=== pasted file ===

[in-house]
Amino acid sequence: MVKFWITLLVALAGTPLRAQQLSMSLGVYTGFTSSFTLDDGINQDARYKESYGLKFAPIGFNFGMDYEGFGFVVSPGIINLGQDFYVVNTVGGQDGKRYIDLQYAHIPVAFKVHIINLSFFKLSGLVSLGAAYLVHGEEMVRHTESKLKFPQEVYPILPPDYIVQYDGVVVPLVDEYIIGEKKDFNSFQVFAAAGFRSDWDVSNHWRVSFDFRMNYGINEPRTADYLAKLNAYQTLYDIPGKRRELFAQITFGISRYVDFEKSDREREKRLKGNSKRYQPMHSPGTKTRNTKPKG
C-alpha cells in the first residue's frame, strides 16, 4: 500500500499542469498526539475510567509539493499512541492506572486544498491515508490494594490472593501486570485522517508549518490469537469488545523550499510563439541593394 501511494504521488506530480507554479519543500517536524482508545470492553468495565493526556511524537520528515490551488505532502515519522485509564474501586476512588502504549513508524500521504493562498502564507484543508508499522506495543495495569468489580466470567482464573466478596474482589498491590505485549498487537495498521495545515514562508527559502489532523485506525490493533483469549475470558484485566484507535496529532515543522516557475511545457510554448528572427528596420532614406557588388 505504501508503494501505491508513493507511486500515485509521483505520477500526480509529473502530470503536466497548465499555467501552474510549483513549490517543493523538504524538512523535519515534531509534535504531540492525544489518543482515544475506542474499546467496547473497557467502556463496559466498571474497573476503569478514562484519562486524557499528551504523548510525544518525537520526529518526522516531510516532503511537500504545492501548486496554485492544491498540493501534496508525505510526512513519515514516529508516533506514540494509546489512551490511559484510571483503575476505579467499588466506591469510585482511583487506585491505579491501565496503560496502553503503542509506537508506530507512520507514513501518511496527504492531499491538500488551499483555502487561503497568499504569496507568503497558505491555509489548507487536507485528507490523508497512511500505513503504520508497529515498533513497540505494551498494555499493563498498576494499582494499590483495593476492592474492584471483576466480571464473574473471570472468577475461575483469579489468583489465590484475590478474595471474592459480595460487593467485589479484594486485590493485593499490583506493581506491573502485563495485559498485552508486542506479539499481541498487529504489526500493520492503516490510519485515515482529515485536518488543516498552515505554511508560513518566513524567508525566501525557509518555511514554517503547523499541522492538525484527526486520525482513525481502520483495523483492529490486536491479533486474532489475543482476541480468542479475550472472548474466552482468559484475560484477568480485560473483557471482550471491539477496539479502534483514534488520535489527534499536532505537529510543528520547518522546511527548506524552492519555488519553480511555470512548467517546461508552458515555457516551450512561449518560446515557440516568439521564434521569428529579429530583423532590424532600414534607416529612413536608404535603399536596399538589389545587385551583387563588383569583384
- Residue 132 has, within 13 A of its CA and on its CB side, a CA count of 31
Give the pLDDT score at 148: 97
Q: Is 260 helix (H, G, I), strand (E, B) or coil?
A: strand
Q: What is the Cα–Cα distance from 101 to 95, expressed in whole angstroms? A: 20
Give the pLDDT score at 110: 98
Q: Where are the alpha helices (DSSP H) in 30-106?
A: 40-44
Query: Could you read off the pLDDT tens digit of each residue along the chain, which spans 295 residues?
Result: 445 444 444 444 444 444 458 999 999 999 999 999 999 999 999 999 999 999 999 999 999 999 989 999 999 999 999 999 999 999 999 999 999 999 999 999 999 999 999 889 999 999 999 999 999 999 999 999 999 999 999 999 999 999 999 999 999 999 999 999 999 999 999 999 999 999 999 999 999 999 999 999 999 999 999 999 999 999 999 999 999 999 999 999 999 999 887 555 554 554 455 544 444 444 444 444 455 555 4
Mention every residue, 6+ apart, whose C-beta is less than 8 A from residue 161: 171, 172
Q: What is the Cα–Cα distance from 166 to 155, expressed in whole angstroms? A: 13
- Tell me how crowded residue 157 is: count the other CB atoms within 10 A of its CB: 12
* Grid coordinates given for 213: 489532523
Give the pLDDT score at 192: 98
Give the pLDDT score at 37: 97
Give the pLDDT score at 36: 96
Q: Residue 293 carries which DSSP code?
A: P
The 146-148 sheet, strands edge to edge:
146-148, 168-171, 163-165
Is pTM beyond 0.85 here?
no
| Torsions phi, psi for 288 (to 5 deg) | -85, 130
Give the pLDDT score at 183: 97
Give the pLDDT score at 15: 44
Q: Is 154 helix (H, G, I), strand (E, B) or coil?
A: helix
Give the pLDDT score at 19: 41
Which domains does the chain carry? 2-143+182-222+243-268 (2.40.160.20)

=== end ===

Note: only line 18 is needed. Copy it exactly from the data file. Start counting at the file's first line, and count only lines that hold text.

Give the pLDDT score at 192: 98